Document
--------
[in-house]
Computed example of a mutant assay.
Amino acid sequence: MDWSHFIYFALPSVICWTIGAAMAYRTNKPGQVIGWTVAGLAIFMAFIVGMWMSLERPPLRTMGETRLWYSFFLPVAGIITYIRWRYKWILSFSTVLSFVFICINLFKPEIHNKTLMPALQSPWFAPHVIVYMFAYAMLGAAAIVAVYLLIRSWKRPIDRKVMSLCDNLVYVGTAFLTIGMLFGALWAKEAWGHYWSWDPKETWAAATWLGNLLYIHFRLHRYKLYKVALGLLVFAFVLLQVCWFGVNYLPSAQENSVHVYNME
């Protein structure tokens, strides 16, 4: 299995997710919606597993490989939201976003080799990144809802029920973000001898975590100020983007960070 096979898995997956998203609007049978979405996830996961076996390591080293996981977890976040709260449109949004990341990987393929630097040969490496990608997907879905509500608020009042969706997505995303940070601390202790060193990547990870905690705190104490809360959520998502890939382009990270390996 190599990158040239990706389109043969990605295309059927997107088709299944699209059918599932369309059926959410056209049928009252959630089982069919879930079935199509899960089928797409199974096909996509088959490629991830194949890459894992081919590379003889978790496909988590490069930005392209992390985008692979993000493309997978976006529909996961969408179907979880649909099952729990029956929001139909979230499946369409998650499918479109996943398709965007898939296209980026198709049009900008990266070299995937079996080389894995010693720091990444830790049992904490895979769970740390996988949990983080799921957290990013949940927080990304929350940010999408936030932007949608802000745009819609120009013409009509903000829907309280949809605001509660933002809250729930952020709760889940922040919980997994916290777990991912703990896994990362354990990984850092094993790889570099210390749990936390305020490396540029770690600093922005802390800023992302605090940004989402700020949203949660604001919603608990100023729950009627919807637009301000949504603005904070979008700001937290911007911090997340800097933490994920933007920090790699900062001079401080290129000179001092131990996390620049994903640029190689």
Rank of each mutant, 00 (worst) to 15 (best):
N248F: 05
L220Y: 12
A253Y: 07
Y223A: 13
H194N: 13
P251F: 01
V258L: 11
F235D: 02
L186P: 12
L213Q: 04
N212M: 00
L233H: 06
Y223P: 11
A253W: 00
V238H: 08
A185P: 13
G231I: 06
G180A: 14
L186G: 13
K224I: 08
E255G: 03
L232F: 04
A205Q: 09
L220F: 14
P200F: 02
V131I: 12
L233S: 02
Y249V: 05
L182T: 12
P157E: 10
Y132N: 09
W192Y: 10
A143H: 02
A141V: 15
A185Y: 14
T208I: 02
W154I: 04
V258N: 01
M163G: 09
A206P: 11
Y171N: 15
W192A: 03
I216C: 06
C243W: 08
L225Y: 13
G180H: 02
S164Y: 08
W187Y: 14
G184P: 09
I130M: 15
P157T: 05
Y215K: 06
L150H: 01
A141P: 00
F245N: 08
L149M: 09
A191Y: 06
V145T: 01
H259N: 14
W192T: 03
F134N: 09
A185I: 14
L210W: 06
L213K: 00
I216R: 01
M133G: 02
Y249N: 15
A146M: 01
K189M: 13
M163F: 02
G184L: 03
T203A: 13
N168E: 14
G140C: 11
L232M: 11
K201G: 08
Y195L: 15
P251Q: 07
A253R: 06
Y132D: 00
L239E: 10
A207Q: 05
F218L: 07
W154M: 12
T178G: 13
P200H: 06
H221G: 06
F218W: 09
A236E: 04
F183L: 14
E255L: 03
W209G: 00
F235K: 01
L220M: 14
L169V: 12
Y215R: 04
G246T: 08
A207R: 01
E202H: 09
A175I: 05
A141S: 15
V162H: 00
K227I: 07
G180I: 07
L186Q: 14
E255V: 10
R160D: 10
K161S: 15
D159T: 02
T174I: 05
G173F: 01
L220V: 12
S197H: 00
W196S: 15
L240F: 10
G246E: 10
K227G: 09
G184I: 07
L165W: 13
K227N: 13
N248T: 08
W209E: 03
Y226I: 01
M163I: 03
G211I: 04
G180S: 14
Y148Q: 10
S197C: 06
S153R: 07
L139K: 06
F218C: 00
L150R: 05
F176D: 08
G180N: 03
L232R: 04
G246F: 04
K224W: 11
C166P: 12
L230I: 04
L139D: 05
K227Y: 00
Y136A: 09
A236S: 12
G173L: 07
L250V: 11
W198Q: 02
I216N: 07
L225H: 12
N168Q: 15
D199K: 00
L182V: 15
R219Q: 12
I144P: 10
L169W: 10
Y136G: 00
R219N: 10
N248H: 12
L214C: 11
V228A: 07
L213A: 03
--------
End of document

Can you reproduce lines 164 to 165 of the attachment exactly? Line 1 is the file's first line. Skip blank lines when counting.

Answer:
V228A: 07
L213A: 03